Report: Big Tech Pressures Customer Service Workers to Install Surveillance Cameras in Their Homes

A man watches as a visitor tries out a facial recognition display at a booth for Chinese tech firm Ping'an Technology at the Global Mobile Internet Conference (GMIC) in Beijing, Thursday, April 26, 2018. The GMIC features current and future trends in the mobile Internet industry by some major foreign …
Photo/Mark Schiefelbein

A recent report claims that workers at one of the largest call center firms in the world are facing additional monitoring that many call a violation of their privacy. Call center employees working from home are reportedly being pressured into installing surveillance equipment including cameras in their own homes.

NBC News reports in an article titled “Big Tech Call Center Workers Face Pressure to Accept Home Surveillance,” that workers for one of the world’s largest call center firms, Columbia-based Teleperformance, are concerned over a proposed contract that would allow their employer to install cameras in their homes to monitor them as they work.

Visitors look at AI (Artificial Inteligence) security cameras with facial recognition technology at the 14th China International Exhibition on Public Safety and Security at the China International Exhibition Center in Beijing on October 24, 2018. (Photo by NICOLAS ASFOURI / AFP) (Photo credit should read NICOLAS ASFOURI/AFP via Getty Images)

Visitors look at AI (Artificial Intelligence) security cameras with facial recognition technology at the 14th China International Exhibition on Public Safety and Security at the China International Exhibition Center in Beijing on October 24, 2018. (Photo by NICOLAS ASFOURI / AFP) (Photo credit should read NICOLAS ASFOURI/AFP via Getty Images)

Teleperformance counts companies such as Apple, Amazon, and Uber among its biggest clients. Six Colombia-based workers claim that the new contract was issued in March and allows for workers to be monitored by AI-powered cameras in their homes, voice analytics, and the collection of data relating to workers’ relatives.

AFP

One of the company’s employees that works on the Apple account commented: “The contract allows constant monitoring of what we are doing, but also our family. I think it’s really bad. We don’t work in an office. I work in my bedroom. I don’t want to have a camera in my bedroom.”

NBC News writes:

The worker said that she signed the contract, a copy of which NBC News has reviewed, because she feared losing her job. She said that she was told by her supervisor that she would be moved off the Apple account if she refused to sign the document. She said the additional surveillance technology has not yet been installed.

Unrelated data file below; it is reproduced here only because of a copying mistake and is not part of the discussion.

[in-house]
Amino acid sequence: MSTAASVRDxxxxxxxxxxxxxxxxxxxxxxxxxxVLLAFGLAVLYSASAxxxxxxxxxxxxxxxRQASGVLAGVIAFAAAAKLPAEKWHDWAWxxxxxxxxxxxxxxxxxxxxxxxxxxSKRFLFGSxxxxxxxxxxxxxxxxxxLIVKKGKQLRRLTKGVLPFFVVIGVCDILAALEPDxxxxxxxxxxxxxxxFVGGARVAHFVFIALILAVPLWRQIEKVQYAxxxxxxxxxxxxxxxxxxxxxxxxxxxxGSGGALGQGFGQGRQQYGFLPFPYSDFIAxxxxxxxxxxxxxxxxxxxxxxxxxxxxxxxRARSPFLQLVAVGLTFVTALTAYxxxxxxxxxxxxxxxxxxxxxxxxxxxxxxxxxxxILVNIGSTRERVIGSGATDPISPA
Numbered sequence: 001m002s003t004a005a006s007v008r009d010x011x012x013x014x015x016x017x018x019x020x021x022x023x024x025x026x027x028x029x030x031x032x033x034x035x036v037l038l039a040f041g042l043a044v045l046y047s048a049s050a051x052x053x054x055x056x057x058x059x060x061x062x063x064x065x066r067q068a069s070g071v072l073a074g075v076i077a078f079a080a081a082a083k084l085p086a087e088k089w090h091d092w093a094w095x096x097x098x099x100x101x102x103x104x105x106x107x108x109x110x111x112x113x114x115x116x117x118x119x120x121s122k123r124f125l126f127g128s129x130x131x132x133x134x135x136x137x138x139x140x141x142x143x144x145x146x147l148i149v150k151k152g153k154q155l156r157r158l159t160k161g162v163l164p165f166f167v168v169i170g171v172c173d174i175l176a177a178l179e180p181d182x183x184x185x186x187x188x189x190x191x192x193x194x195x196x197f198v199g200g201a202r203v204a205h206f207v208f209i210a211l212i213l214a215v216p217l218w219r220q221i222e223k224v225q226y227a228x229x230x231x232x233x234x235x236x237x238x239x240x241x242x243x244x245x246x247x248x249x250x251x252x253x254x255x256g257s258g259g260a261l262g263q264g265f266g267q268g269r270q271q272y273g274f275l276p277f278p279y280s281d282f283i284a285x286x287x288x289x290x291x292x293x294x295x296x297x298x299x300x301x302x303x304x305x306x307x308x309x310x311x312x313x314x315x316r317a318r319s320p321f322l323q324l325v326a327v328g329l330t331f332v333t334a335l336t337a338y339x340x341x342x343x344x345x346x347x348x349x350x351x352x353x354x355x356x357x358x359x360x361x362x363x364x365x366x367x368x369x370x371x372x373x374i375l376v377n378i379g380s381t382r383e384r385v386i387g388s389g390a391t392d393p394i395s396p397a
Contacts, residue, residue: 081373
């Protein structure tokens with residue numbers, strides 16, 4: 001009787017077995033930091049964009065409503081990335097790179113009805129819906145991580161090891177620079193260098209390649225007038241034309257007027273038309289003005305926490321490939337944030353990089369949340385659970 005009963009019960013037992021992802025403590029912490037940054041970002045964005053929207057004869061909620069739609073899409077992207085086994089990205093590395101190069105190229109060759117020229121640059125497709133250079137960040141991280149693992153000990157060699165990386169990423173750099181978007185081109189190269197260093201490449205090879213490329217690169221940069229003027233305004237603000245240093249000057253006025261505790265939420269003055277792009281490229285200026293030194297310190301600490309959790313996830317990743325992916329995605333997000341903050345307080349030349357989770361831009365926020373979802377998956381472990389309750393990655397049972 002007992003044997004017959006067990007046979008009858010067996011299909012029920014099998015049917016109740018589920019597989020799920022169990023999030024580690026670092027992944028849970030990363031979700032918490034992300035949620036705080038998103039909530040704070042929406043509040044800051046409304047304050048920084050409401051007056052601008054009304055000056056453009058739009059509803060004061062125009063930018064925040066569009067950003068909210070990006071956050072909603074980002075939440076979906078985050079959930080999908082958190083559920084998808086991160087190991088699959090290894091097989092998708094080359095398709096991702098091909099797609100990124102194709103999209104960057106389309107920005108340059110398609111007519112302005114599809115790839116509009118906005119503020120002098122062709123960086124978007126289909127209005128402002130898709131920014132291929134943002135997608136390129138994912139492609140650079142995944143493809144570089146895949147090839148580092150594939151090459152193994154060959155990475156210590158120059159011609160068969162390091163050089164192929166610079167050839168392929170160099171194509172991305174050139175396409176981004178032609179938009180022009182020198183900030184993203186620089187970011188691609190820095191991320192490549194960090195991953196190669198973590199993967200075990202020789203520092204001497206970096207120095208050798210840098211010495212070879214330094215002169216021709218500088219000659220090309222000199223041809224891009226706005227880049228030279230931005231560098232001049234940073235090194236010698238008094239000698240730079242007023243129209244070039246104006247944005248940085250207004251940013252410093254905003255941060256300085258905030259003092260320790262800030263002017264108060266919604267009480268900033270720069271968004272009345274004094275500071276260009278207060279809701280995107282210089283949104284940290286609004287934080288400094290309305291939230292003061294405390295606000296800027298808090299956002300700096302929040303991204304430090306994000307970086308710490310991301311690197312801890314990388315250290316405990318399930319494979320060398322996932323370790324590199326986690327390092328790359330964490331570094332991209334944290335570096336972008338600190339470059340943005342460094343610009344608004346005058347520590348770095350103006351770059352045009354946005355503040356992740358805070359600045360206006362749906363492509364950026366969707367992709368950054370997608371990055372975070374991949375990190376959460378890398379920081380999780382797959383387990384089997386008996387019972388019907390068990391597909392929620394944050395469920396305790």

The concerns of the workers, who all spoke on the condition of anonymity because they were not authorized to speak to the media, highlight a pandemic-related trend that has alarmed privacy and labor experts: As many workers have shifted to performing their duties at home, some companies are pushing for increasing levels of digital monitoring of their staff in an effort to recreate the oversight of the office at home.

The issue is not isolated to Teleperformance’s workers in Colombia. The company states on its website that it offers similar monitoring through its TP Cloud Campus product, the software it uses to enable staff to work remotely in more than 19 markets. An official Teleperformance promotional video for TP Cloud Campus from January 2021 describes how it uses “AI to monitor clean desk policy and fraud” among its remote workers by analyzing camera feeds. And in its latest earnings statement, released in June, Teleperformance said it has shifted 240,000 of its approximately 380,000 employees to working from home thanks to the TP Cloud Campus product.

Veena Dubal, a labor law professor at the University of California, Hastings, commented to NBC News: “Surveillance at home has really been normalized in the context of the pandemic. Companies see a lot of benefit in putting in software to do all kinds of monitoring they would have otherwise expected their human managers to do, but the reality is that it’s much more intrusive than surveillance conducted by a boss.”

When asked for comment by NBC News, Teleperformance spokesperson Mark Pfeiffer commented that the company is “constantly looking for ways to enhance the Teleperformance Colombia experience for both our employees and our customers, with privacy and respect as key factors in everything we do.”

He added: “We are committed to fair practices, equality, inclusion, diversity, non-discrimination, labor sustainability, ethics, and transparency, and we will continue to do everything we can to uphold these values for both our teams and all our key stakeholders.”

Read more at NBC News here.

Lucas Nolan is a reporter for Breitbart News covering issues of free speech and online censorship. Follow him on Twitter @LucasNolan or contact via secure email at the address lucasnolan@protonmail.com

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